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Film Study: Washington Huskies’ Defense Swallows Stanford
October 4, 2016
9:13 pm
College BattleGround
Forum Posts: 1680
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March 9, 2016
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How the hell did they do that?

The Huskies played their game of the season last Friday night, and while they may not have such a near-perfect effort again, they dominated Stanford by simply playing sound, physical football. Before we begin clearing a space in the trophy case for the BCS crown, we should consider that Stanford may not have a terrific offense. Their QB came into the game 13th in passing yards in the Pac-12, and concerns about the Cardinal offensive line were voiced before the game.

Still, teams have not done what Washington did to Stanford in the David Shaw era. Today we’ll shed some light on why the Dawgs were so dominant on the defensive side of the ball.

2nd and 11:

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This first play is an I-formation power lead. It’s similar in design to the power runs Lavon Coleman used against Arizona for so much success, in that there’s a pulling guard from the left side leading a back through the hole on the right. This particular version of it would have been something the Green Bay Packers used in winning back-to-back Super Bowls in the 1960’s.

This play, from this formation, is the height of Stanford’s offensive arrogance. I don’t mean that in a bad way, to be clear. Typically, the I-formation has two receivers (one to each side), with a tight end, and two backs behind the QB. In this case, Stanford has removed the receiver (the flanker) from the offense’s right side and replaced him with an additional tight end. What makes this play “arrogant” is that the second tight end is on the line of scrimmage, which makes the tight end inside of him an ineligible receiver (only the furthest-out man from the ball on the line of scrimmage is allowed to move beyond the line of scrimmage on a pass play). This play is a bludgeoning tool. Stanford is perfectly content to telegraph the run by formation and alignment, and then run this play over, and over, and over again until the defense stops it; and then run it a few more times to make sure that first stop wasn’t just a fluke. Somewhere in the middle there they’ll run the pass compliment out of it, which is a bootleg or half-roll to the right side, with the tight end, fullback and halfback running a multi-layered flood route to the right side, and the receiver on the left either running a post or deep drag back to the right. This is a play that is both mentally and physically draining on a defense (when it works); you know what’s coming, but there’s nothing you can do to stop it.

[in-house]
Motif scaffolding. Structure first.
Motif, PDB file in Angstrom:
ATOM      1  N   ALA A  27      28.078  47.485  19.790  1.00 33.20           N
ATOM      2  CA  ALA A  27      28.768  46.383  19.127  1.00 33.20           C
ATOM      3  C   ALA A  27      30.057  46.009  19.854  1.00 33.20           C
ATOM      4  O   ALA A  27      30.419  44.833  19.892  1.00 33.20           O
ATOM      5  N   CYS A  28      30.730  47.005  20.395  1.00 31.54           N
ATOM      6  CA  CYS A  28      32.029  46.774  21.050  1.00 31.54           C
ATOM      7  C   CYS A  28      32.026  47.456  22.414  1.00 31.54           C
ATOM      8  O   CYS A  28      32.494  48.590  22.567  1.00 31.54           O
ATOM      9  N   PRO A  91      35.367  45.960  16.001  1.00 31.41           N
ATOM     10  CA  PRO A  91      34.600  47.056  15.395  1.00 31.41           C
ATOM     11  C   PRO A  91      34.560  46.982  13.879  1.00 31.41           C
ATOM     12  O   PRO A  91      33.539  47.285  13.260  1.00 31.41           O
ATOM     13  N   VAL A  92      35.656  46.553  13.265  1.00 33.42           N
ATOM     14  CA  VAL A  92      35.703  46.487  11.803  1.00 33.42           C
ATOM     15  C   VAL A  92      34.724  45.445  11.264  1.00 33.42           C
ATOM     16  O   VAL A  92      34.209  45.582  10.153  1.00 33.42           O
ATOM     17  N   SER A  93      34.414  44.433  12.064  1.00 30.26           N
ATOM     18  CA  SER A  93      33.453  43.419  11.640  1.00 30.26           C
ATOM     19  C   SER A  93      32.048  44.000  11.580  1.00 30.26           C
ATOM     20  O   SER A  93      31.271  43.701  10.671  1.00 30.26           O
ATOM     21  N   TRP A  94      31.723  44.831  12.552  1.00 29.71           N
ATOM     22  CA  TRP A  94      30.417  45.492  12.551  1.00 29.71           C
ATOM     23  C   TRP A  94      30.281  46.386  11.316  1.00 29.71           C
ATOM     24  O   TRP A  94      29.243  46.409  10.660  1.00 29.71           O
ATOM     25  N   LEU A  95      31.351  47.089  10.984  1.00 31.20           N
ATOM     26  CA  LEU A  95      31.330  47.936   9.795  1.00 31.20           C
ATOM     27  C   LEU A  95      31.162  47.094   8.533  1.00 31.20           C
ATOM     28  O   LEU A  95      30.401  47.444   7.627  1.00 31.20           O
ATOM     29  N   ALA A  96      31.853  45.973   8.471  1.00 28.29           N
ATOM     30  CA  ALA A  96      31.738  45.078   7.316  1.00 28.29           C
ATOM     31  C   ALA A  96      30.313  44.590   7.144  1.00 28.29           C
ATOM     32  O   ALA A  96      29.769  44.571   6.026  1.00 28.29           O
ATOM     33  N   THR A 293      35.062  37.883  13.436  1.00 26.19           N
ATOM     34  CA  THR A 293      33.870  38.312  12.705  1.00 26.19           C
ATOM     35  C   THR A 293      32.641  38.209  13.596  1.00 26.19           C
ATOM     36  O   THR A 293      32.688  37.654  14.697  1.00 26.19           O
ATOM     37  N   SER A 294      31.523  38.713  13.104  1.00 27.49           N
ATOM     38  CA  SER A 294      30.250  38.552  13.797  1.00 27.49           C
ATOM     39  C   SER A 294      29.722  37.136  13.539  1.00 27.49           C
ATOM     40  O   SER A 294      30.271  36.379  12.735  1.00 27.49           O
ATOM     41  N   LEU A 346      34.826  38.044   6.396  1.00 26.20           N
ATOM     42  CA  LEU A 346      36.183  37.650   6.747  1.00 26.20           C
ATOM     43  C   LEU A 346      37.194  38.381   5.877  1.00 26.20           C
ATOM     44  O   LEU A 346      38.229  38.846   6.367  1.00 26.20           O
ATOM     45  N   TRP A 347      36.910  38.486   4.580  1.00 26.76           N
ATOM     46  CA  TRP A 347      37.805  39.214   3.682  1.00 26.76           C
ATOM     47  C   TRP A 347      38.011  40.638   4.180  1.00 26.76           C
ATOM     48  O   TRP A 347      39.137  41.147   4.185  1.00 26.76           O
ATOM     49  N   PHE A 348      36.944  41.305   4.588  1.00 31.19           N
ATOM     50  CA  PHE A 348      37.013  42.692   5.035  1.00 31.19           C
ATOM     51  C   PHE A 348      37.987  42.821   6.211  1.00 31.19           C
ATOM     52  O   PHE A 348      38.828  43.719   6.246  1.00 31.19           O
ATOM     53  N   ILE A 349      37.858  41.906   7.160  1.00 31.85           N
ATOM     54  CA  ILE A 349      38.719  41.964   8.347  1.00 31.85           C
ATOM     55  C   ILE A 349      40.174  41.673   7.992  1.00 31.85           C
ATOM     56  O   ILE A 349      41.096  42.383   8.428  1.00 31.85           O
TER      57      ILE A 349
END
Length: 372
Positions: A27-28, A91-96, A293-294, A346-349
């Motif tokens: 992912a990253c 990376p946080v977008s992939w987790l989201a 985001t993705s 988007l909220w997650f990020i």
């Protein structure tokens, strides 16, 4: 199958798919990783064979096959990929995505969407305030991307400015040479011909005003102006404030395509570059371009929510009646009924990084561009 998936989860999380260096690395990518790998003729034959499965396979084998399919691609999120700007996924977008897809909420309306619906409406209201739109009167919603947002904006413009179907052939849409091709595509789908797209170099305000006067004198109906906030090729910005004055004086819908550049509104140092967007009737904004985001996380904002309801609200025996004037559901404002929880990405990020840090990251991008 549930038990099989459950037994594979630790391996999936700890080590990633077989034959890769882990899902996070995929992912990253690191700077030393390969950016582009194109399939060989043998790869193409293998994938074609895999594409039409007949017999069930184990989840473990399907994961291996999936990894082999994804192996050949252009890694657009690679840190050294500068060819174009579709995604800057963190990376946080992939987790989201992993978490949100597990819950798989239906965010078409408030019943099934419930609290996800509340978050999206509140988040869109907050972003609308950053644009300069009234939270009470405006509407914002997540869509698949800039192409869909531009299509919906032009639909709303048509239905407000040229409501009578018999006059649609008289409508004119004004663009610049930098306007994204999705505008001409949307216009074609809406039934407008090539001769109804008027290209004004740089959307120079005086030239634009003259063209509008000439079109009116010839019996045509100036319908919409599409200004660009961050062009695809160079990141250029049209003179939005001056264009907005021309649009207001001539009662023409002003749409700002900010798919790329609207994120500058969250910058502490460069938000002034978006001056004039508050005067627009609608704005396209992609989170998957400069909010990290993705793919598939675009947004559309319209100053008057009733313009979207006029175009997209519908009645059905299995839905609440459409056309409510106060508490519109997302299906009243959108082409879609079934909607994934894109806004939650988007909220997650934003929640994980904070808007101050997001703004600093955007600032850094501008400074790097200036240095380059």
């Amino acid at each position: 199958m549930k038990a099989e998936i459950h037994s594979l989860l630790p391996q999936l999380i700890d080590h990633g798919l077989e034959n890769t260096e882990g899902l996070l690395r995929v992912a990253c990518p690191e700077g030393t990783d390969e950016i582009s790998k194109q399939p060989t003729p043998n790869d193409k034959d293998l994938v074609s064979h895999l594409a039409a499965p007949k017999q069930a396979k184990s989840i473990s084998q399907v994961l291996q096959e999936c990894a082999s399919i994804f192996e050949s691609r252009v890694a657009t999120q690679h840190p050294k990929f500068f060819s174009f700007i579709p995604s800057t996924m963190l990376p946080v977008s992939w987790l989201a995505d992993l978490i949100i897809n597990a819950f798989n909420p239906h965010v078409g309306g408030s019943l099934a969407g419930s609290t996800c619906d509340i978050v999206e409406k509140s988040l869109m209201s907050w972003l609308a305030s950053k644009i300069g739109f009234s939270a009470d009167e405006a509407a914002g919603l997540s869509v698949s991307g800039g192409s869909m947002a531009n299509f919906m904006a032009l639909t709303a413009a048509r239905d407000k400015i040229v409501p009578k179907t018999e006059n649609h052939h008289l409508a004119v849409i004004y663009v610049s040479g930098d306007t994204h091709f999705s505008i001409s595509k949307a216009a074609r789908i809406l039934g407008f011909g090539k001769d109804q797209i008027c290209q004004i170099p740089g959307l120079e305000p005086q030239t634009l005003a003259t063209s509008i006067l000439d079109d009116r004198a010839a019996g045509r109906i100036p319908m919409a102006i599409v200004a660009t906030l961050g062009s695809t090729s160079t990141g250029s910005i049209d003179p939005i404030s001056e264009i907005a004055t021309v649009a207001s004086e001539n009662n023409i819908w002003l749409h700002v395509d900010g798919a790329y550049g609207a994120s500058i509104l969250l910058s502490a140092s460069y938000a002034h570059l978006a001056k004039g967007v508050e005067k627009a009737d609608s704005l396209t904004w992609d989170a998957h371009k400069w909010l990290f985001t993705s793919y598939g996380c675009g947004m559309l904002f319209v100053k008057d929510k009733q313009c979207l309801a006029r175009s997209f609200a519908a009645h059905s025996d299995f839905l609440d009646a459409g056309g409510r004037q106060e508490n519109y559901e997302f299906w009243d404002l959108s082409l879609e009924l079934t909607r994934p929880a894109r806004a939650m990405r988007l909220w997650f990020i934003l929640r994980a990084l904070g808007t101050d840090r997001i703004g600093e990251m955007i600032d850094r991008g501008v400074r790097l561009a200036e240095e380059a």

Two things make this play. The first is Sidney Jones’ willingness and ability to neutralize the lead block of the fullback, well behind the line of scrimmage. One of two things happened here with Jones; either Stanford ran this play in to a well-timed run blitz by the Huskies, or the defensive key on this play was for Jones to attack the backfield due to the formation, with the knowledge that the safety (Budda Baker) and the linebackers would be available and able to neutralize the threat of the pass. Either way, he takes out the lead blocker.

The second key is that Psalm Wooching is able to defeat the block of the tight end (#96) over the top of him, and then to suck up the block of the pulling guard as well, keeping him from getting to the second level linebackers and leaving them free to get the glory of making the tackle. Stanford’s right tackle initially gets a good block on Elijah Qualls, but Qualls keeps his feet and is able to assist on the tackle. Had the timing of the play been better from the standpoint of the offense, Qualls would’ve been a non-factor. Greg Gaines more than does his job by taking on the down-blocking right guard and pushing him backward into the hole, creating traffic for the running back to negotiate.

This was man-on-man football, and the Huskies won pretty handily.

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Here you can really see the aggressiveness of the UW secondary in run support, and how stout Wooching was at the point of attack. Azeem Victor reads the flow of the play and takes away the outside run from McCaffrey. Great hustle by Qualls as well.